Monographs Details: Jatropha
Authority: Dehgan, Bijan. 2012. . Fl. Neotrop. Monogr. 110: 1--274. (Published by NYBG Press)
Family:Euphorbiaceae
Scientific Name:Jatropha L.
Synonyms:Curcas, Mozinna, Loureira, Zimapania, Collenucia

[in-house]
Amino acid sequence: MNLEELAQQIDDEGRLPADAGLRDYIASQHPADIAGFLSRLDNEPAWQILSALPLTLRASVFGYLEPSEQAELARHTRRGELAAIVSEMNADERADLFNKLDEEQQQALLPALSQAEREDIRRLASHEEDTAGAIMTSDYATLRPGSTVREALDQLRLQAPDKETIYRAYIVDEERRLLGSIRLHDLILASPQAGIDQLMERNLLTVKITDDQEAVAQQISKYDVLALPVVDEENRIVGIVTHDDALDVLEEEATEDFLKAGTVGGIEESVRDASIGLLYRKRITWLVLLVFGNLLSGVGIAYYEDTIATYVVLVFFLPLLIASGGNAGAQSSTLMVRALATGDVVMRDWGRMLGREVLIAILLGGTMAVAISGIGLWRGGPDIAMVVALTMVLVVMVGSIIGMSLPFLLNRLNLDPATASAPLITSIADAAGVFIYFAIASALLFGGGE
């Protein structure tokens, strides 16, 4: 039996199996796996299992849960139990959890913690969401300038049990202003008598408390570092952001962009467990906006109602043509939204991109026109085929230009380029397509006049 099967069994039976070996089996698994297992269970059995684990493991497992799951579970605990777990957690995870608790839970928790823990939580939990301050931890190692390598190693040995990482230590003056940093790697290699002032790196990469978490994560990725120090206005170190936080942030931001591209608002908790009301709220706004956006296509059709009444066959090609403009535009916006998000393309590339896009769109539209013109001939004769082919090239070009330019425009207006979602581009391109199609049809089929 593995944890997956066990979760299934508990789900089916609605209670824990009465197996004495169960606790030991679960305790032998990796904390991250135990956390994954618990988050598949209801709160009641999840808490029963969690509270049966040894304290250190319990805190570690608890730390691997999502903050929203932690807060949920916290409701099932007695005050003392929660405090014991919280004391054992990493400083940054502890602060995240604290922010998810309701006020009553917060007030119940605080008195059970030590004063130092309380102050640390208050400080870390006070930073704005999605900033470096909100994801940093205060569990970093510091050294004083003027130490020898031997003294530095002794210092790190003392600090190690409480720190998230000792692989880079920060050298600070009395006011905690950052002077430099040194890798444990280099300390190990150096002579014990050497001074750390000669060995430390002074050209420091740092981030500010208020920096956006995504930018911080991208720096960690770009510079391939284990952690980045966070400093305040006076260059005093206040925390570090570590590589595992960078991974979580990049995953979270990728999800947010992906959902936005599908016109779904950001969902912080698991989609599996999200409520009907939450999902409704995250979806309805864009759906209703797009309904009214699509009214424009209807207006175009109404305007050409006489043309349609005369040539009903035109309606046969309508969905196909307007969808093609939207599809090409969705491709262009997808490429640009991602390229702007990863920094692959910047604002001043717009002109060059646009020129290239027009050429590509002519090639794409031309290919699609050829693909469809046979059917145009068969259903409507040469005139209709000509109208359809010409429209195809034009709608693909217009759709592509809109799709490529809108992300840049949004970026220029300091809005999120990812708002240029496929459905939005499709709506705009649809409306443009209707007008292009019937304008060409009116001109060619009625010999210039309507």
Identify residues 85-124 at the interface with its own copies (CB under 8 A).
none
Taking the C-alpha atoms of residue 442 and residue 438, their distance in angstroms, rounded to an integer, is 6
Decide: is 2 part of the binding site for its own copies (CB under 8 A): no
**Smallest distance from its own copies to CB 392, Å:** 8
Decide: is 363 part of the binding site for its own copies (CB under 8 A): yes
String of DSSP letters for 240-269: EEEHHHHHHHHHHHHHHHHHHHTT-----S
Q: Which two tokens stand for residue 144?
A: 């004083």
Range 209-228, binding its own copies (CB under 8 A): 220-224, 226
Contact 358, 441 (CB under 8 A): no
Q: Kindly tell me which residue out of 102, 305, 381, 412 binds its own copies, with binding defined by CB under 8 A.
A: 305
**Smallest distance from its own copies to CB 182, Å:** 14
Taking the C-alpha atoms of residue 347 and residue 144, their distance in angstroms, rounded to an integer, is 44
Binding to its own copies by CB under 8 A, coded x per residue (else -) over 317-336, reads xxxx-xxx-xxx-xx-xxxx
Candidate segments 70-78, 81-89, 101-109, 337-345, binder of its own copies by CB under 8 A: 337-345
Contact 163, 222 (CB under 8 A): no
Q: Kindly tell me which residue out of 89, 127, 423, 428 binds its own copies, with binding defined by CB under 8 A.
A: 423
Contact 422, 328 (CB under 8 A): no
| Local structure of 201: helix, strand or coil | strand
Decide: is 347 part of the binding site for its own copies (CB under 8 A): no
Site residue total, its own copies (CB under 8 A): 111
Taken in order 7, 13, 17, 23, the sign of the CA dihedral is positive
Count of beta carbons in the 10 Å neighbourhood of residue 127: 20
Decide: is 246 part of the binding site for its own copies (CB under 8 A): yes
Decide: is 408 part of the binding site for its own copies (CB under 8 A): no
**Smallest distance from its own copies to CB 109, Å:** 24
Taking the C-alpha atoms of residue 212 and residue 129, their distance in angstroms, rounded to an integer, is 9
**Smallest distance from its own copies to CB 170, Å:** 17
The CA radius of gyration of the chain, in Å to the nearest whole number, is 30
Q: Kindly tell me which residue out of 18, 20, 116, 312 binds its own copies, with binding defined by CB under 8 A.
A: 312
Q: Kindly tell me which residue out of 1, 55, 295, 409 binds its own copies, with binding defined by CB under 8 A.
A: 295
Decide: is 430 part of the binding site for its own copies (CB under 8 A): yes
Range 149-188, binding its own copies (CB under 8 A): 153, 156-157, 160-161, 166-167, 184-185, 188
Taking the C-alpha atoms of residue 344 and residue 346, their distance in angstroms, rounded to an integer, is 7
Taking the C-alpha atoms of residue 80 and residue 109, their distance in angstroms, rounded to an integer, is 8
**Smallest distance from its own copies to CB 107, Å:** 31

Description:Genus Description - Trees: shrubs; rhizomatous subshrubs; or tuberous-caudiciform, perennial herbs; monoecious, dioecious, or rarely gynodioecious. Latex universally produced, pale and watery, cloudy, yellow to distinctly red, but never milky white, powdery when dry; laticifers articulated, nonarticulated, or idioblastic. Chambered, crystalliferous parenchyma present or absent. Cyanogenic glucoside compounds absent (present in other Crotonoideae). Roots: 5, 1 deep central and 4 shallow outer that often become fleshy with parenchymatous storage tissue. Stems: terete; green, gray, red, or reddish brown; sparsely to densely branched, smooth or often with distinct lenticels or lines; bark of arborescent species smooth, wrinkled, with fissures and cracks, or often peeling in thin yellow or gray sheets, with or without pubescence, sometimes with protruding, spinose, petiolar scars; short shoots present in xeric taxa. Leaves: alternate, long-petiolate to subsessile or rarely sessile; stipules simple or branched, sometimes stiff-glandular, long filiform, filiform and gland-tipped, reduced or caducous or obsolete, but never truly spinose in neotropical species; blades simple and unlobed to palmately 3- to 7-lobed or divided with 5-11 segments; venation mostly palmate or sometimes pinnate, brochidodromous or only exceptionally craspedodromous; margins entire, glandular, serrate, aculeate, or sometimes ciliate, with or without mucronate tips or glands; surfaces glabrous, glaucous, or with varying degrees of unicellular or multicellular-uniseriate, smooth or verrucate pubescence. Inflorescences: terminal, subterminal, lateral, or reduced to a few or solitary flowers in leaf axils; simple or compound, dichasial cymes, paracladia few to many with female flowers in proximal dichotomies in monoecious species and generally fewer than the males; coflorescences present and distinct, present but not distinct, or absent. Staminate flowers: sepals 5, distinct, imbricate, or ± connate; margins entire, glandular, serrate, or divided; corollas greenish, white, yellow, yellow-brown, pink, red, or bicolor, actinomorphic, rotate, campanulate, urceolate, subglobose, or tubular with 5 imbricate, free or coherent, or variously connate petals, glabrous or with various degrees of pubescence; disc entire, dissected, or lobed, of nectariferous glands; stamens 6, 8, or 10, dehiscing longitudinally; filaments distinct, monadelphous or diadelphous, uniseriate or biseriate; pollen grains binucleate, spheroidal, inaparturate, and with well-defined triangular or circular (in cross section) exinous excrescences or clavae (knobs), supported by circular or hexagonally formed murid ridges. Pistillate flowers: mostly similar to the staminate but sepals more often glandular-margined or distinctly foliaceous; petals as in the staminate but often somewhat larger; disk glands as in the staminate but larger; ovary mostly of 3 carpels but in some taxa reduced to 2 or 1, smooth, glabrous or pubescent; ovules 1 per locule; styles 3 or sometimes 2 or 1 (corresponding with locules of the fruits), distinct or variously connate, stigmas bifid, lobes massive or narrow and long-fimbriate. Fruits; 3-, 2-, or 1- locular capsules, often distinctly lobed, ± fleshy, explosively or tardily, septicidally or loculicidally dehiscent when dry, separating into individual cocci. Seeds: ellipsoid or spherical, solid gray-brown, black, or yellow or variously mottled with brown or black spots or lines; caruncle large and distinct or sometimes reduced or vestigial; testa crutaceous, endosperm present and copious; embryo spathulate; cotyledons generally broad and palmately 3- to 5-nerved, radicle short, germination phanero-cotylar or exceptionally cryptocotylar. Chromosome number 2n = 22 or rarely 2n = 44.